Son of British vet of Falkland Islands war becomes a citizen of Argentina
The son of a British veteran of the 1982 Falkland Islands war has become a citizen of Argentina, stoking tensions in the two nations' still-smoldering political dispute over the islands in the South Atlantic.
Argentina's president, Cristina Fernandez de Kirchner, personally handed newly minted citizen James Peck his Argentine identification card in a public ceremony on June 14, the 29th anniversary of the end of the Falkland war.
Peck, born on the islands, is the first Falklander to receive Argentine citizenship, reports BBC News. He said his decision to become a naturalized argentino was not politically motivated but rather a move meant to make it easier for him to see his Argentine-born children, which he discovered was difficult for him because of his British passport, reports said.
The 42-year-old artist lives in Buenos Aires and had recently separated from the mother of his children.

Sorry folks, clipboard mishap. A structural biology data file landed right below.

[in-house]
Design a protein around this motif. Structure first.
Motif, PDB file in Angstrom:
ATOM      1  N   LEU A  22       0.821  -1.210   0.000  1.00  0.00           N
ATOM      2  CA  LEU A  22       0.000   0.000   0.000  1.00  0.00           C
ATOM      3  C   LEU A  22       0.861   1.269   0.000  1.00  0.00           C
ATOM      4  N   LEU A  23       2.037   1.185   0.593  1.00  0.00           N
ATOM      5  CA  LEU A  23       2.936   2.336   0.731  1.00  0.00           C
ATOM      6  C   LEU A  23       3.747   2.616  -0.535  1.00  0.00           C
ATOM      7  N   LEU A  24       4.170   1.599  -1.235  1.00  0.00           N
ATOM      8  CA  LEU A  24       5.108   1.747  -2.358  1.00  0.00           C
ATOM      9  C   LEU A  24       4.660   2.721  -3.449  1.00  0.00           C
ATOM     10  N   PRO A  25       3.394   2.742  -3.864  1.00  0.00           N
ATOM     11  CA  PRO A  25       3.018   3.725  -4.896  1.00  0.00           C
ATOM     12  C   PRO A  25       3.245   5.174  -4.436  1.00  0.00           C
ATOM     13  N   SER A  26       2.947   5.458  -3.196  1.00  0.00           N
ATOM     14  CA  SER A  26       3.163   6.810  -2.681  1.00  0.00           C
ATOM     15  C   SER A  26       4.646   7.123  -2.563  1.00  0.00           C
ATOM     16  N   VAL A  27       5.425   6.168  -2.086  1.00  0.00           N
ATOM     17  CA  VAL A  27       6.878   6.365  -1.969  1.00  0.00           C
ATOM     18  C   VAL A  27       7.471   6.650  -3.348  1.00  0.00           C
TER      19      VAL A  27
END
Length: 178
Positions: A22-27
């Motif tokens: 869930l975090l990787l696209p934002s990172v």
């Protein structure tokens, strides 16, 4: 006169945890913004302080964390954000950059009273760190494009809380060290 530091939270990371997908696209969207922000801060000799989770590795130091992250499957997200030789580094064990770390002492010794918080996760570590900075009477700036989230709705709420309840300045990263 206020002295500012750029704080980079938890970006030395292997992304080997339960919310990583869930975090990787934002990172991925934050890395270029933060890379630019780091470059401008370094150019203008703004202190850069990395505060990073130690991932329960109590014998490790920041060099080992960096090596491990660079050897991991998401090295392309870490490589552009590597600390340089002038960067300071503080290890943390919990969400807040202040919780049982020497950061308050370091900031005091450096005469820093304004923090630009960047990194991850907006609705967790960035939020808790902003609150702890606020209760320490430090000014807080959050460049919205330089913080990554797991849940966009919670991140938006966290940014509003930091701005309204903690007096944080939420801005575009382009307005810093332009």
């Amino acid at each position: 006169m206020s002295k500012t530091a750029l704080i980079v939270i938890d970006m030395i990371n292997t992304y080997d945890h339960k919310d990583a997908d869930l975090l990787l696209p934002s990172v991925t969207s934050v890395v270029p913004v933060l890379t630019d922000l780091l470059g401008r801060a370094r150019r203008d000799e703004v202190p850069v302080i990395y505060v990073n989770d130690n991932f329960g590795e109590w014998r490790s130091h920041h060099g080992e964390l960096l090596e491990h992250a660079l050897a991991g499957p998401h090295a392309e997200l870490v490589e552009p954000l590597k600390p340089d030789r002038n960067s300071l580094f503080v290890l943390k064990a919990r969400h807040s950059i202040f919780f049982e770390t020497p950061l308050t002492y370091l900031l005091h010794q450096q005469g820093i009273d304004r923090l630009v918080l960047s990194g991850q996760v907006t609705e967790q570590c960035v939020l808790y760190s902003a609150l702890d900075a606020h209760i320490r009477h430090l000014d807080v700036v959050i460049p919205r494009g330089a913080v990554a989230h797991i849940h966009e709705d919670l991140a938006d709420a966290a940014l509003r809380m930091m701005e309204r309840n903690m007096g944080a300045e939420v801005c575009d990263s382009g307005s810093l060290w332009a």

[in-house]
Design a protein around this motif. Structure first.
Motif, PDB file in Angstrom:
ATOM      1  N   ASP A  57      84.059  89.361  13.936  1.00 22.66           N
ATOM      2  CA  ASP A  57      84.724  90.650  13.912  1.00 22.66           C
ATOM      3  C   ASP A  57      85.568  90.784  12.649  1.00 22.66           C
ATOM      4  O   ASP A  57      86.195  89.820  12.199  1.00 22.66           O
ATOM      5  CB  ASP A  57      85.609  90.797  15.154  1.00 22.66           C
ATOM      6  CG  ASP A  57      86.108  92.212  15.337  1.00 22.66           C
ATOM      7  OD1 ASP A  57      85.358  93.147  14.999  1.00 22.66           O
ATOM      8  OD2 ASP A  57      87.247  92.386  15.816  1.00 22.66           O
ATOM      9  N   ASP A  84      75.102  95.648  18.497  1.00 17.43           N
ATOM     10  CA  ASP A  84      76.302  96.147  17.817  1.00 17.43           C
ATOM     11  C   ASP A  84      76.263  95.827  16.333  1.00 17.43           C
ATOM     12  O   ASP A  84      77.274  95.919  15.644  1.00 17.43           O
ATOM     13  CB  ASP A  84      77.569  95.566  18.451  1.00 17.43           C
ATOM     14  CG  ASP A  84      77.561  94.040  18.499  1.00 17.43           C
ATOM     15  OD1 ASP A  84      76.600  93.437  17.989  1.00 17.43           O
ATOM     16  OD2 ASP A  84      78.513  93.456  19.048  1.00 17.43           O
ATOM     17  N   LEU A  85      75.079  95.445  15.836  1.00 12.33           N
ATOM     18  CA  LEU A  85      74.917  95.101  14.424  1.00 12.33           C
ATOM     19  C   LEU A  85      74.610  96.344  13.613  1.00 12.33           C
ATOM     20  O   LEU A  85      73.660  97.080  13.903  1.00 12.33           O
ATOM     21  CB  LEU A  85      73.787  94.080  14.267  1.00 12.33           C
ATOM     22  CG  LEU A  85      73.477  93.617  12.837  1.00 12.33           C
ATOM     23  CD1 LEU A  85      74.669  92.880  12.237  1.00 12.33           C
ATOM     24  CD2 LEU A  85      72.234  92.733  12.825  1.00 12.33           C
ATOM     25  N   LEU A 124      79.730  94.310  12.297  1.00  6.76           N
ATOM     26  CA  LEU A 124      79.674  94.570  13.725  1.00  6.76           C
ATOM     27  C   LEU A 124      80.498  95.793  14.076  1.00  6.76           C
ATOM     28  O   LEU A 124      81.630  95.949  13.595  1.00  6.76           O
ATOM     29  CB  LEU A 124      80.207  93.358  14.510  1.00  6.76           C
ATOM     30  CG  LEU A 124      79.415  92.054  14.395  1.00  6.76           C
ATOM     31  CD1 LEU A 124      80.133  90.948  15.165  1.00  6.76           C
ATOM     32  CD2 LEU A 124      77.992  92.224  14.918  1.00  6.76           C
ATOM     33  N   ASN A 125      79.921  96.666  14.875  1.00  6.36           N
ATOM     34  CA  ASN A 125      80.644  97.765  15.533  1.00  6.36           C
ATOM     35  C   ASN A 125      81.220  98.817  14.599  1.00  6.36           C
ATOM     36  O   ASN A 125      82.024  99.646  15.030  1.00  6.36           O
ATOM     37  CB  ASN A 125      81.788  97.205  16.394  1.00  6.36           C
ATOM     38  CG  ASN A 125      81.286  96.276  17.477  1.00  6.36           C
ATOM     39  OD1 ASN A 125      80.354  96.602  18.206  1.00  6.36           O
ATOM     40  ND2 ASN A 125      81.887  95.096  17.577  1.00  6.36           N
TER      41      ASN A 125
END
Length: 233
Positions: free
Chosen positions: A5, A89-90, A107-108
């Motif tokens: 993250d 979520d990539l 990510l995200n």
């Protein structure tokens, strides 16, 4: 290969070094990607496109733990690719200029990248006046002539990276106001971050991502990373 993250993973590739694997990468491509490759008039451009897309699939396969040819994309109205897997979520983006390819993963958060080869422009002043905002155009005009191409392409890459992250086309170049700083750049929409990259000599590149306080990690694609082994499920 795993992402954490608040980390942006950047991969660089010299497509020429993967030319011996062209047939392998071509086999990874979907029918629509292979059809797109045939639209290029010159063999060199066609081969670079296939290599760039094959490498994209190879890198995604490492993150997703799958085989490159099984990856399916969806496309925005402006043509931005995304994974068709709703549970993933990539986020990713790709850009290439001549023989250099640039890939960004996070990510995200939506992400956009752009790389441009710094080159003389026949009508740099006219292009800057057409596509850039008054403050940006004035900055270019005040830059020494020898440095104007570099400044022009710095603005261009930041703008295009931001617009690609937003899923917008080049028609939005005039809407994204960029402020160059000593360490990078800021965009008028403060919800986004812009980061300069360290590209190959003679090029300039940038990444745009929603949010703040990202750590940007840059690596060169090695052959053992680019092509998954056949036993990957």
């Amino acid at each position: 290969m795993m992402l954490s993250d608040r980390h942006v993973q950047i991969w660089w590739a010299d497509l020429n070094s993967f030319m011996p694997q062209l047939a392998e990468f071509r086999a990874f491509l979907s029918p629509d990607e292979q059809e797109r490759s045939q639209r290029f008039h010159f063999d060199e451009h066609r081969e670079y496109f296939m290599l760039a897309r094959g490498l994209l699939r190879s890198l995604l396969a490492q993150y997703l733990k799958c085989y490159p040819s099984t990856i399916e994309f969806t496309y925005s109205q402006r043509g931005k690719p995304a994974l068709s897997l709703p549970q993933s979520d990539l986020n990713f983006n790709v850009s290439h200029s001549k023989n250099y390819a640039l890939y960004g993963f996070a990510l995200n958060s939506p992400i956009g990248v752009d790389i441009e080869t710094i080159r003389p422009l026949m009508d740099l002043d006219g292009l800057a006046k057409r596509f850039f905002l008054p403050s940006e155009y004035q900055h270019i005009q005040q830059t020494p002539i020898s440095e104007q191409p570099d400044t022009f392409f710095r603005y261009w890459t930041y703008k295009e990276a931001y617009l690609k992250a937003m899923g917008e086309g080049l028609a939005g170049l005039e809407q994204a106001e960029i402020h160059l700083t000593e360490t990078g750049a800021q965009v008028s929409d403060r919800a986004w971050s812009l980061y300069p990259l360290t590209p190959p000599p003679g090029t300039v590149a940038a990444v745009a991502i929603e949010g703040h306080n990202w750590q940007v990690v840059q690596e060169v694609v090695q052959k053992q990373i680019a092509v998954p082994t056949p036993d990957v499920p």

Peck's father fought for the British in the 10-week war that left hundreds dead on both sides after Argentina invaded the territory on April 2, 1982, under order of the then-ruling military dictatorship. Argentina still claims sovereignty over the islands, which are known as the Malvinas in Spanish.
Peck's story has played somewhat sourly in the British media, particularly since Kirchner bluntly criticized British Prime Minister David Cameron late last week.
Kirchner said Britian is "a crude colonial power in decline" and that Cameron's recent comments that the Falkland Islands should remain a British territory are an expression "of mediocrity, and almost of stupidity."
In an interview published Monday, Peck said he was unprepared for insults and the charges of treason he's received from some islanders. "I've had messages saying that if I go back I'll be shot," he said.
-- Daniel Hernandez in Mexico City
Photo: Argentine President Cristina Fernandez de Kirchner with new citizen James Peck in Buenos Aires. Credit: European Pressphoto Agency